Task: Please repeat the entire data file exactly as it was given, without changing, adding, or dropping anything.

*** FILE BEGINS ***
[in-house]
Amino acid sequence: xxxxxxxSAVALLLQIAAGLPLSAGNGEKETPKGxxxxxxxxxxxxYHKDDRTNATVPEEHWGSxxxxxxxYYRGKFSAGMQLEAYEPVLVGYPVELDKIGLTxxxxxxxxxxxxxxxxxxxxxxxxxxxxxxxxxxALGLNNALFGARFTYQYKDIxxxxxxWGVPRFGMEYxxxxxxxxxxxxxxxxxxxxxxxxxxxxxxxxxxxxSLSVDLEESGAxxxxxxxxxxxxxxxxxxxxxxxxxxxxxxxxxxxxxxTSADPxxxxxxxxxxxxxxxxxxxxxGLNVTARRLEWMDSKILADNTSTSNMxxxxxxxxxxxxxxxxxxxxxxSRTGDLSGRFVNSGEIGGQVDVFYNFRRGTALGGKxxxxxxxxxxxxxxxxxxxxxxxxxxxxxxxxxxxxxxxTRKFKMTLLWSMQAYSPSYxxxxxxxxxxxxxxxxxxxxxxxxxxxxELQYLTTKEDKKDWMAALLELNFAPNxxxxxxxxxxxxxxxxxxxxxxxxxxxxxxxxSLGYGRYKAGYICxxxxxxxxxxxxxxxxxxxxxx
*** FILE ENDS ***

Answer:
[in-house]
Amino acid sequence: xxxxxxxSAVALLLQIAAGLPLSAGNGEKETPKGxxxxxxxxxxxxYHKDDRTNATVPEEHWGSxxxxxxxYYRGKFSAGMQLEAYEPVLVGYPVELDKIGLTxxxxxxxxxxxxxxxxxxxxxxxxxxxxxxxxxxALGLNNALFGARFTYQYKDIxxxxxxWGVPRFGMEYxxxxxxxxxxxxxxxxxxxxxxxxxxxxxxxxxxxxSLSVDLEESGAxxxxxxxxxxxxxxxxxxxxxxxxxxxxxxxxxxxxxxTSADPxxxxxxxxxxxxxxxxxxxxxGLNVTARRLEWMDSKILADNTSTSNMxxxxxxxxxxxxxxxxxxxxxxSRTGDLSGRFVNSGEIGGQVDVFYNFRRGTALGGKxxxxxxxxxxxxxxxxxxxxxxxxxxxxxxxxxxxxxxxTRKFKMTLLWSMQAYSPSYxxxxxxxxxxxxxxxxxxxxxxxxxxxxELQYLTTKEDKKDWMAALLELNFAPNxxxxxxxxxxxxxxxxxxxxxxxxxxxxxxxxSLGYGRYKAGYICxxxxxxxxxxxxxxxxxxxxxx